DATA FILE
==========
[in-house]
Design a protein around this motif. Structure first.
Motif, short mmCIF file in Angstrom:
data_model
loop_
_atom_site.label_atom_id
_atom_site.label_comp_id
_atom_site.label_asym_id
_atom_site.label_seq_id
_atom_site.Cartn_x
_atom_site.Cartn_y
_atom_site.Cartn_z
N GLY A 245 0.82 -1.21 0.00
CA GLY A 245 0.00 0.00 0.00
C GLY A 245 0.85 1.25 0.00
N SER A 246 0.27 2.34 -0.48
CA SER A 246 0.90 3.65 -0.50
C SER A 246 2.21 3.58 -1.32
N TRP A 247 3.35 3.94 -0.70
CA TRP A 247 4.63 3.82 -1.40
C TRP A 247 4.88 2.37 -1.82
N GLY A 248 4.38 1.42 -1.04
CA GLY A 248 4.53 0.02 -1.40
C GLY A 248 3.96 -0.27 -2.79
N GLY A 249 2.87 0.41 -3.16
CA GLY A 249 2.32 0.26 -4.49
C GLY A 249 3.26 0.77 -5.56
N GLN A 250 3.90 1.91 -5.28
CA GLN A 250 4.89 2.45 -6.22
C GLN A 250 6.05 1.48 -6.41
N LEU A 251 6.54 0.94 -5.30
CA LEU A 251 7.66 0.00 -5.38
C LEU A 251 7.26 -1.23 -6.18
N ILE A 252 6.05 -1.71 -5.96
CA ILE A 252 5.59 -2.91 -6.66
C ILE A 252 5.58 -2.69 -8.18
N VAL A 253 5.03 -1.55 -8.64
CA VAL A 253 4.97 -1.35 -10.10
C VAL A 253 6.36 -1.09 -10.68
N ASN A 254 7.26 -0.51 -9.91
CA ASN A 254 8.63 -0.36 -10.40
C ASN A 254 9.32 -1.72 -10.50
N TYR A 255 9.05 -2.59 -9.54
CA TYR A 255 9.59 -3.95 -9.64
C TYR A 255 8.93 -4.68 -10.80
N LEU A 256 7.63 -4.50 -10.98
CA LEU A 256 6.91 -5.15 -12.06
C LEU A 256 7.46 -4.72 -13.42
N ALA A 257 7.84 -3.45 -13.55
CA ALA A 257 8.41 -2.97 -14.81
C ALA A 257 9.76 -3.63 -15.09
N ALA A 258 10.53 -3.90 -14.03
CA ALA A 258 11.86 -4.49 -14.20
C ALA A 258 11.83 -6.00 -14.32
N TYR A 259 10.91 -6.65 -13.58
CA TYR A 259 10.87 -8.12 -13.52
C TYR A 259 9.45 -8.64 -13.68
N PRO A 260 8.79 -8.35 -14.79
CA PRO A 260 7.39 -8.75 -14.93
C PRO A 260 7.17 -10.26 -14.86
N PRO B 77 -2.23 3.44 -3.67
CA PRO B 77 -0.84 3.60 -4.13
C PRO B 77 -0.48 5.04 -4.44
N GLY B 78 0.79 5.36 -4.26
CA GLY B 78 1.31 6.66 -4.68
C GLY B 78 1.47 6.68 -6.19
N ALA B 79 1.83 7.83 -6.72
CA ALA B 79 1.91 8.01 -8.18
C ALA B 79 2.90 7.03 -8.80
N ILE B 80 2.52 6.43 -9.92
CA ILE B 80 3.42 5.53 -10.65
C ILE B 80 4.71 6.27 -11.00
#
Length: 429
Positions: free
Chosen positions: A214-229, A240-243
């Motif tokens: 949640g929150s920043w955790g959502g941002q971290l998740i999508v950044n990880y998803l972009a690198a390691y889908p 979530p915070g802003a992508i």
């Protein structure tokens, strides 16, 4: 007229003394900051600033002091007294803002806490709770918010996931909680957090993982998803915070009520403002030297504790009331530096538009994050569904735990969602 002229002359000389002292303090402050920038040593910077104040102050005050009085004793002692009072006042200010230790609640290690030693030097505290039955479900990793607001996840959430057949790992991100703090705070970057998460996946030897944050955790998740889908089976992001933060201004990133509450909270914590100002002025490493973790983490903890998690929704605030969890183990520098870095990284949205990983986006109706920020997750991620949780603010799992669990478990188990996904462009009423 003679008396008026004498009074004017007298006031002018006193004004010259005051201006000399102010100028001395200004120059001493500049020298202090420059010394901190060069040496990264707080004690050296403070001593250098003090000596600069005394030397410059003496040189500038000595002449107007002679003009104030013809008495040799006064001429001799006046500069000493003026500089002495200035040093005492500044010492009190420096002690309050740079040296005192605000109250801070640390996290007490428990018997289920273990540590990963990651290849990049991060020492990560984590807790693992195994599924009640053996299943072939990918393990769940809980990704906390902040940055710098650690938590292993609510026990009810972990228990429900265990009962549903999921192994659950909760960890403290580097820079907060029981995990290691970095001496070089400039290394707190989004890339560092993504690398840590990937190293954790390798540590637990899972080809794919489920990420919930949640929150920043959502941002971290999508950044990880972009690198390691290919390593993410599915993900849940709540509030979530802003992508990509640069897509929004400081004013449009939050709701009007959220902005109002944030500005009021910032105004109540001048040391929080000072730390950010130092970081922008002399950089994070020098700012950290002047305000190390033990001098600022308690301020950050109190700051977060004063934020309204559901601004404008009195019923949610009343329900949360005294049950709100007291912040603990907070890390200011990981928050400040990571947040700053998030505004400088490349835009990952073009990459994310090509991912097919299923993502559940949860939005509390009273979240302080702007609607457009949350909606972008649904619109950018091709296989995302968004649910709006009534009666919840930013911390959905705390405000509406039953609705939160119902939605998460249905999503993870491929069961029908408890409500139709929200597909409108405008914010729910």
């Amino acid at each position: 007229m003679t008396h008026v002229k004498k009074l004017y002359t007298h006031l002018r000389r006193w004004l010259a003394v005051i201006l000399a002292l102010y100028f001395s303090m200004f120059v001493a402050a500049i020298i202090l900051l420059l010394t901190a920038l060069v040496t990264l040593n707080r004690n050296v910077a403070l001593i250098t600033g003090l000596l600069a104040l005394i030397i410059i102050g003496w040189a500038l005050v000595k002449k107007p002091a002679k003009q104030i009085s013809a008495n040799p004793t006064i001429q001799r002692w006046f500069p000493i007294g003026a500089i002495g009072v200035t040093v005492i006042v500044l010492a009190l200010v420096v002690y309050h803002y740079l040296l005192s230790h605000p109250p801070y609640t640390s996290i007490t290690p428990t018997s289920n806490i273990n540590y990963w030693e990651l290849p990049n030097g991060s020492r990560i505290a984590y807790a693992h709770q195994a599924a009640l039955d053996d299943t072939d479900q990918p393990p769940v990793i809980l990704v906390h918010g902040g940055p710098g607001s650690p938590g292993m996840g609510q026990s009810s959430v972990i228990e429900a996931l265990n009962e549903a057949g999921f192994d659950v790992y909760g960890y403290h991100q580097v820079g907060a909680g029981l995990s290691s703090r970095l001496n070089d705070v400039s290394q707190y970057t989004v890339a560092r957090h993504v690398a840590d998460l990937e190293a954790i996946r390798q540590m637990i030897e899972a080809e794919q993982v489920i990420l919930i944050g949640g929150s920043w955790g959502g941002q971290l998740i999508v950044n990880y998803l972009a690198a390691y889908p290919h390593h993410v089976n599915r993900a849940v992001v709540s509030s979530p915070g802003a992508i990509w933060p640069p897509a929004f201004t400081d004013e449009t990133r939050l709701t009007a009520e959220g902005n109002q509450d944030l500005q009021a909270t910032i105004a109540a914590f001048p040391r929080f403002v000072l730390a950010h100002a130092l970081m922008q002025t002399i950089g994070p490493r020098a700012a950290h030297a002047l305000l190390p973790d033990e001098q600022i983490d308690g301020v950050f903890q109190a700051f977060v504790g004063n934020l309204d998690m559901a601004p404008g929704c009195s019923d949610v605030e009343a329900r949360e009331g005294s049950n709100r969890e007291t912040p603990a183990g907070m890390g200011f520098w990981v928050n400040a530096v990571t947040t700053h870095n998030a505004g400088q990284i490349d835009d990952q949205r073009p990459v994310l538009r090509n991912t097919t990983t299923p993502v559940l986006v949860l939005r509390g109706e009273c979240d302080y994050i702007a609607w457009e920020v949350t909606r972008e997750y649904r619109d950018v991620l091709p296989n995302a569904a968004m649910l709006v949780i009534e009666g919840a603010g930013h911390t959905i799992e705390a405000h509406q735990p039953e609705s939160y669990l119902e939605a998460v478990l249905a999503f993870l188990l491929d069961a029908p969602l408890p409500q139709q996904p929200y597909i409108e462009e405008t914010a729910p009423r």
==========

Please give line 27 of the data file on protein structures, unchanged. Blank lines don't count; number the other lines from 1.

C GLY A 249 3.26 0.77 -5.56